THE TUESDAY DROP: 5,500+ New Shots
01.03.23 Get your Decks ready ShotDeck Community! In honor of Hayao Miyazaki’s birthday we’re adding shots from 10 acclaimed Studio Ghibli films, on top of the complete first season of The Sopranos. Remember you can always request films for future drops by clicking here!
THE SOPRANOS: SEASON ONE (1999)
THE SOPRANOS is an American crime drama television series created by David Chase. The series follows the life of Tony Soprano (James Gandolfini), an Italian-American mafia head based in New Jersey, who struggles to balance his criminal life with his family life, and who confides in his psychiatrist Jennifer Melfi (Lorraine Bracco). The series features Tony’s family members, mafia colleagues and rivals in prominent roles, and co-stars Edie Falco, Dominic Chianese, Tony Sirico and Jamie-Lynn Sigler. The Sopranos aired on HBO, beginning in 1997. In its first season, the series was nominated for eleven Primetime Emmy Awards, winning in the Outstanding lead Actress in a Drama Series (Falco) and Outstanding Writing for a Drama Series categories. Today, the series is widely recognized as one of the greatest and most influential television programs of all time, and a watershed series in the development of “premium cable” television. Chase worked on Season 1 with cinematographers Phil Abraham, Alik Sakharov and Bill Coleman.
One of the enduring legacies of The Sopranos is the innovations it made in television cinematography, moving away from traditional television coverage into a more “cinematic” visual aesthetic that placed the camera in unconventional places and eschewed standard coverage for longer takes that followed characters in space more. Chase and the DPs wanted to create a style that was a direct homage to the great gangster films it was referencing, such as the Godfather series and Goodfellas. They also allowed the cinematography to be a reflection of the tone and style of the story, selecting Zeiss variable prime lenses that would capture a specific quality of sharpness and contrast that were free from distortion and vignetting, and that would allow them to shoot with wider lenses that followed characters as they moved in longer takes.
KIKI’S DELIVERY SERVICE (1989)
KIKI’S DELIVERY SERVICE is a 2004 Japanese animated film written, produced and directed by Hayao Miyazaki, adapted from the 1985 novel of the same name by Eiko Kadono. The film stars the voice of Minami Takayama as Kiki, a young witch who moves to a new town and uses her ability to fly to start a flying courier service in the community. Rei Sakuma and Kappei Yamaguchi also star. Kiki’s Delivery Service premiered in the US at the Seattle International Film Festival, and is today widely considered one of the most important entries in Miyazaki’s filmography.
Studio Ghibli had moved entirely to computers during the production of My Neighbors the Yamadas (1999), and by the time that Kiki’s Delivery Service was in production, advancements in computer animation hardware and software allowed the team to incorporate framebuffer technologies into their graphic workstations, vastly increasing the efficiency of their cel animation methods and allowing them to incorporate the “camera” more into shot design. Elements such as shifting focus, pans, tracking shots and fade ins and fade outs were now possible for Kiki’s Delivery Service in ways that had not been previously possible in films produced by Miyazaki and the Studio.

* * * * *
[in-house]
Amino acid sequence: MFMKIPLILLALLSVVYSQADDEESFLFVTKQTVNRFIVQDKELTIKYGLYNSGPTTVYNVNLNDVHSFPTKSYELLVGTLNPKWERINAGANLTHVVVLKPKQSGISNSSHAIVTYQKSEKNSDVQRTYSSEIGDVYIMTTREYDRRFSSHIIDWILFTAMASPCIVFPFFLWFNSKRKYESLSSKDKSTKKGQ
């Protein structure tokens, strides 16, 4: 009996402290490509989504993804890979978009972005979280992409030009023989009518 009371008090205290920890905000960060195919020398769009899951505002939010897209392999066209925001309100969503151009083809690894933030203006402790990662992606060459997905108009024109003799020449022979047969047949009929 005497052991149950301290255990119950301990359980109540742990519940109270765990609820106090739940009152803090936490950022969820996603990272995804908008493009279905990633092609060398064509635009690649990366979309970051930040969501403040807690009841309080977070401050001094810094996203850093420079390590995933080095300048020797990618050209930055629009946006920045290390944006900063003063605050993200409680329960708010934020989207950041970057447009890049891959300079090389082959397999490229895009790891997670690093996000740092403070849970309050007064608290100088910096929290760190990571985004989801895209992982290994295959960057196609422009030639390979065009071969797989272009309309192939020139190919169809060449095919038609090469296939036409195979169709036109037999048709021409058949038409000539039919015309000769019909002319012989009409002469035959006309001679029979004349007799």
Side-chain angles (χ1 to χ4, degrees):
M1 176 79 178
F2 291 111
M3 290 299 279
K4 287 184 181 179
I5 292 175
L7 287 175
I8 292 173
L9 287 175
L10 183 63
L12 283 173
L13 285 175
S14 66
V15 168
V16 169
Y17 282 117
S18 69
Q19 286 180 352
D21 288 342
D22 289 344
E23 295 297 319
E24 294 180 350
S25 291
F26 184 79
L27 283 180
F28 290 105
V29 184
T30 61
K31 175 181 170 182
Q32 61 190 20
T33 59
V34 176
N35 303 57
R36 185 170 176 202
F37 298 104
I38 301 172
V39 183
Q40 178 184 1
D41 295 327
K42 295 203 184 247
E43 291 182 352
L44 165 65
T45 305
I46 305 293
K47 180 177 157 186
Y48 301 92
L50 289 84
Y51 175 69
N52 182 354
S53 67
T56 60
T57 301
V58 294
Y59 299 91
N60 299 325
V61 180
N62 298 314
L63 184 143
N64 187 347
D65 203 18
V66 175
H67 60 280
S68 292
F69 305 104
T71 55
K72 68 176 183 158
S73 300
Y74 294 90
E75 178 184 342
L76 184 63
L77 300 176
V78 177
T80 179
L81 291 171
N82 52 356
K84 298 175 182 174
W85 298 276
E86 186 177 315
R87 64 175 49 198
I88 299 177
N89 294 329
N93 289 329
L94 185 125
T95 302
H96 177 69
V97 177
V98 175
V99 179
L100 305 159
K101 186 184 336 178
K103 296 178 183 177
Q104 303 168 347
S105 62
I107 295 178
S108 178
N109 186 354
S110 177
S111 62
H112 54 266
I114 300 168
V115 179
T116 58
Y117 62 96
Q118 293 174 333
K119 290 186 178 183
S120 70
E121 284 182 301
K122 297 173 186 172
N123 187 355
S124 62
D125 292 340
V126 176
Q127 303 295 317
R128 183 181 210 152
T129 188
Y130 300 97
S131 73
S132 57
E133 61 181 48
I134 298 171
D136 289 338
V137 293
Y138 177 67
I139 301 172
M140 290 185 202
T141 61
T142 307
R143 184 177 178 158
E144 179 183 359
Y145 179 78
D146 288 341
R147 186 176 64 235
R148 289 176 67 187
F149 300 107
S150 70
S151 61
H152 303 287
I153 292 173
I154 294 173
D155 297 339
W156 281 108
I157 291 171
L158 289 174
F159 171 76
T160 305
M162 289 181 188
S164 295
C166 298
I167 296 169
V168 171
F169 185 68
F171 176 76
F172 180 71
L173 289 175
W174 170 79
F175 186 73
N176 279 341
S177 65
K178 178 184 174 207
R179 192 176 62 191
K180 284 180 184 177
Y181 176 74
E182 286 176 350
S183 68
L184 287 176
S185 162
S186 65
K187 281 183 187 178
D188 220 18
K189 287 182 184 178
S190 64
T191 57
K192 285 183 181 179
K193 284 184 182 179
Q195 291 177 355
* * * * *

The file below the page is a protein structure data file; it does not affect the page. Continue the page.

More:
PORCO ROSSO (1992)
PORCO ROSSO is a 1992 Japanese animated adventure-fantasy film written and directed by Hayao Miyazaki, based on Miyazaki’s three part 1989 watercolor manga Hikōtei Jidai (“The Age of the Flying Boat”). The film is set in Italy in the 1930s, when sky pirates in biplanes terrorize wealthy cruise ships sailing the Adriatic Sea. The only pilot brave enough to stop them is Porco Rosso, a former WWI pilot who was somehow turned into a pig during the war. Porco Rosse enlists the help of young mechanic Fio Piccolo and his longtime friend Madame Gina to battle the pirates. Porco Rosso was the number one film in Japan upon its release, grossing over $44 million worldwide from its $9 million budget, winning the Best Feature award at the Annecy International Animated Film Festival.
Porco Rosso was a unique film for Miyazaki, both tonally as well as in terms of its central character. Miyazaki films typically had younger protagonists, and Porco Rosso was a man closer to middle age. Miyazaki also began work with his team on the film at the advent of the Yugoslavian War, which made them feel that the film should have a more somber tone, both in the story as well as visually. The film itself calls back to animation styles of the past in its own visual language. Porco Rosso has a scene in a theater where he watches the Mickey Mouse short Plane Crazy, and several of the character designs explicitly represent other animated films and series, such as Popeye and Betty Boop. These influences were brought by Miyazaki and his team into the “Studio Ghibli style”, creating a unique, more adult-oriented film that stands out as one of the most unique in his canon.
PONYO is a 2008 Japanese animated fantasy film written by Hayao Miyazaki. The film was his eighth for Studio Ghibli, and his tenth overall. The film tells the story of Ponyo, a goldfish who escapes from the ocean and is rescued by a five-year-old human boy, Sōsuke, when she washes ashore trapped in a glass jar. Ponyo is the daughter of a wizard, and transforms herself into a young girl using her father’s magic, and starts to fall in love with Sōsuke. Ponyo was a major commercial success, grossing over $204 million from its $34 million budget and becoming the fifth-highest grossing anime film of all time. An English-language version of the film was released by the Kennedy/Marshall Company and Walt Disney Pictures in 2009. Miyazaki worked on the film with animation director Katsuya Kondō, who had previously directed the 12 minute short film House Hunting for Studio Ghibli.